No team overperformed their underlying numbers like St. Louis last season. They finished first in the West with 56 points. Per American Soccer Analysis’ expected points model, their underlying numbers were more like a 44-point team. That would have had them right on the edge of a Wild Card spot. If their luck had swung the other way, they would have been a 32-point team.

St. Louis’ underlying numbers feel a little too 2022 Austin for comfort heading into 2024. That being said, plenty of teams have taken a jump in their second year of existence. Including 2022 Austin. There’s a genuine chance they could have better underlying numbers and a better overall team in 2024, even if they don’t finish with as many points. Or they could be improved and get lucky again and rack up even more points. It all seems very much in play for a team that seems to largely be running it back this year.

Hey, speaking of wildly outperforming your underlying numbers, the 2023 Lions outperformed their expected points total by more than any other team in the league. In fact, only three teams in ASA’s database (back to 2013) outperformed their expected points total like 2023 Orlando. And, like St. Louis, they’re largely running it back in 2024.

That being said, all it takes is one big move for an elite No. 10 and they could be even better this year. The ceiling is somewhere around the 63 (!!) points they earned last season. The floor is something involving a regression to the mean plus bad luck swinging the other way as they struggle to stay above the playoff line. I’d be way more inclined to project they’ll be closer to the ceiling than the floor, but this league is weird.

On the other side of things, the Rapids were the unluckiest team in MLS last year. They’ve spent the offseason adding key pieces like attacker Djordje Mihailovic and goalkeeper Zack Steffen, while generally looking like a club eager to assure last year’s last place finish in the West won’t happen again. Odds are, they keep that from happening and are sitting in or near a playoff spot for most of the year. But you could also talk me into Mihailovic never getting comfortable and the team struggling to gel. And you could also talk me into Mihailovic getting extremely comfortable, playing with a chip on his shoulder and guiding Colorado to a 50-plus point season.

What even is this team?

Every year. Forever.

One more. I’m realizing I could keep doing this with pretty much every team in the league, but we’ll stop here. SKC are fascinating because they were so clearly one of the best teams in the league down the stretch last season. Once they got healthy, their results and their underlying numbers were excellent. Some of the West’s best. But so much is contingent on aging players staying healthy that it’s hard not to worry about this heading south again quickly. If they do stay healthy (and maybe add another key piece or two this offseason) they clearly have the ability to finish at or near the top of the West. Most folks will rightly lean towards the positive view of things heading into the year, but there will be some nerves attached to that prediction. Then again, there’s no reason to ever feel confident about any of these predictions. The only thing to ever be confident about here is “WE KEPT RECEIPTS [eyes emoji] [flexed arm emoji] [face blowing smoke out of its nose].”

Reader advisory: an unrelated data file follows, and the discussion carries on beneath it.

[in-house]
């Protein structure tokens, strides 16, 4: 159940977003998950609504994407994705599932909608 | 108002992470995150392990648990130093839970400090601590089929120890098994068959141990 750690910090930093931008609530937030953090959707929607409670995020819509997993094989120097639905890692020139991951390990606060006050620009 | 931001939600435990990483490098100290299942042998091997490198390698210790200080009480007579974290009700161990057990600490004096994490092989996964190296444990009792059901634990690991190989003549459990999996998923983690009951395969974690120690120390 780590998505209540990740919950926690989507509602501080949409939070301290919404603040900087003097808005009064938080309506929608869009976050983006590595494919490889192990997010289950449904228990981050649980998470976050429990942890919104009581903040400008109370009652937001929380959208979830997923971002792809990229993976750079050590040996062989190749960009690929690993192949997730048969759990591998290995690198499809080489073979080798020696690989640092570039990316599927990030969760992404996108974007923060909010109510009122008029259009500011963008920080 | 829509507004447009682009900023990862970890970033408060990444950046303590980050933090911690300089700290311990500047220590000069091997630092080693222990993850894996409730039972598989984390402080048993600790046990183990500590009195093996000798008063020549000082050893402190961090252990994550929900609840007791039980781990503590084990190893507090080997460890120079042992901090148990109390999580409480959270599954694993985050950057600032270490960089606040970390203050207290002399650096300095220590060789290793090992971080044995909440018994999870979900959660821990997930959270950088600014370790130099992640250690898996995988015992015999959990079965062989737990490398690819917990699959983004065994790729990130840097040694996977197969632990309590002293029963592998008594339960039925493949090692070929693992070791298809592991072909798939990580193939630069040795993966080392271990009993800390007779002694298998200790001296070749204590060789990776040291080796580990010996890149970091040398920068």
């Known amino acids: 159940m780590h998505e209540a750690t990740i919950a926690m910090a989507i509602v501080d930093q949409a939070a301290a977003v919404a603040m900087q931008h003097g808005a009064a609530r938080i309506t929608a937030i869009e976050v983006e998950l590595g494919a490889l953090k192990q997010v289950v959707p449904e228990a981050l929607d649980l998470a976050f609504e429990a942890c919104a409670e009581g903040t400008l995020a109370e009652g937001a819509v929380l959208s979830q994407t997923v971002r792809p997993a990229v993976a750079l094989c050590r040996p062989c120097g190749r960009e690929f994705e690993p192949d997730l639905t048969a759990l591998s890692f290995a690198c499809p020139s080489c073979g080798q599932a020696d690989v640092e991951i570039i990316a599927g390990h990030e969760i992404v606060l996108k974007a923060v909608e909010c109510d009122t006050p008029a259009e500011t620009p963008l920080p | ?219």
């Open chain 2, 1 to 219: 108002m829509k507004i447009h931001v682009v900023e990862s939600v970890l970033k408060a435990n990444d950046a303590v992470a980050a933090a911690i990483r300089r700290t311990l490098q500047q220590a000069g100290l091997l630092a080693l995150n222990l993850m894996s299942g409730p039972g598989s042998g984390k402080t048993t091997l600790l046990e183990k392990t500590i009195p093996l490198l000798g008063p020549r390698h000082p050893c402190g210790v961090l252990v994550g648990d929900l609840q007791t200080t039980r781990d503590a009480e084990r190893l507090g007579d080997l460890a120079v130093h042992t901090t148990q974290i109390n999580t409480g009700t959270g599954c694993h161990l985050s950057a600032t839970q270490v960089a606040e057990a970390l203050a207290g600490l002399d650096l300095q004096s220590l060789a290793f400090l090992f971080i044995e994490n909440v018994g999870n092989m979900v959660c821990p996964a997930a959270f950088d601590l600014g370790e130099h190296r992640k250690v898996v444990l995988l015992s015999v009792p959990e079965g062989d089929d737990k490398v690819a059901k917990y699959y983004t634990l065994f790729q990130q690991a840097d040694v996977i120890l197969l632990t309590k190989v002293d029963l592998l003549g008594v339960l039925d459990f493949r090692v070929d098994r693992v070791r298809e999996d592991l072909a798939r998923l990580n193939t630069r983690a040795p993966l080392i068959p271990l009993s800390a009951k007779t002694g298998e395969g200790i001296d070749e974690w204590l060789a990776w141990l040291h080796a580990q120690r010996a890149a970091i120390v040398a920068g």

Other Things

Chicago Fire acquire Arigoni on loan from FC Lugano: Chicago Fire FC have signed defender Allan Arigoni on loan from Swiss Super League side FC Lugano through the 2024 MLS season with a purchase option. The 25-year-old former Swiss youth international has spent his entire professional career in his home country, tallying 6g/16a in 145 games for Lugano and Grasshoppers.

Minnesota United sign defender Dodson: Minnesota United FC have acquired defender Derek Dodson after he recently played for USL Championship side Charleston Battery. Dodson is under contract through the 2024 MLS season with options for 2025-26. Orlando City SC previously selected Dodson in the 2021 MLS SuperDraft (No. 8 overall), though he never played for the Lions.

Houston Dynamo sign homegrown defender Sargeant: Houston Dynamo FC have signed homegrown fullback Kieran Sargeant to a first-team contract through the 2025 MLS season with options through 2027. The 20-year-old academy product just completed his junior season at Georgetown University, starting all 19 games as the Hoyas reached the second round of the 2023 NCAA Championship.

Chicago Fire FC sign MLS SuperDraft pick Dowd: Chicago Fire FC have signed goalkeeper Bryan Dowd to a first-team contract. The 21-year-old, selected No. 6 overall in the 2024 MLS SuperDraft out of Notre Dame, is under contract through the 2024 season with options through 2027. A local product, Dowd was previously a member of the Chicago Fire Academy and Chicago FC United before joining the Fighting Irish.

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Good luck out there. Find some time to hang out with your friends.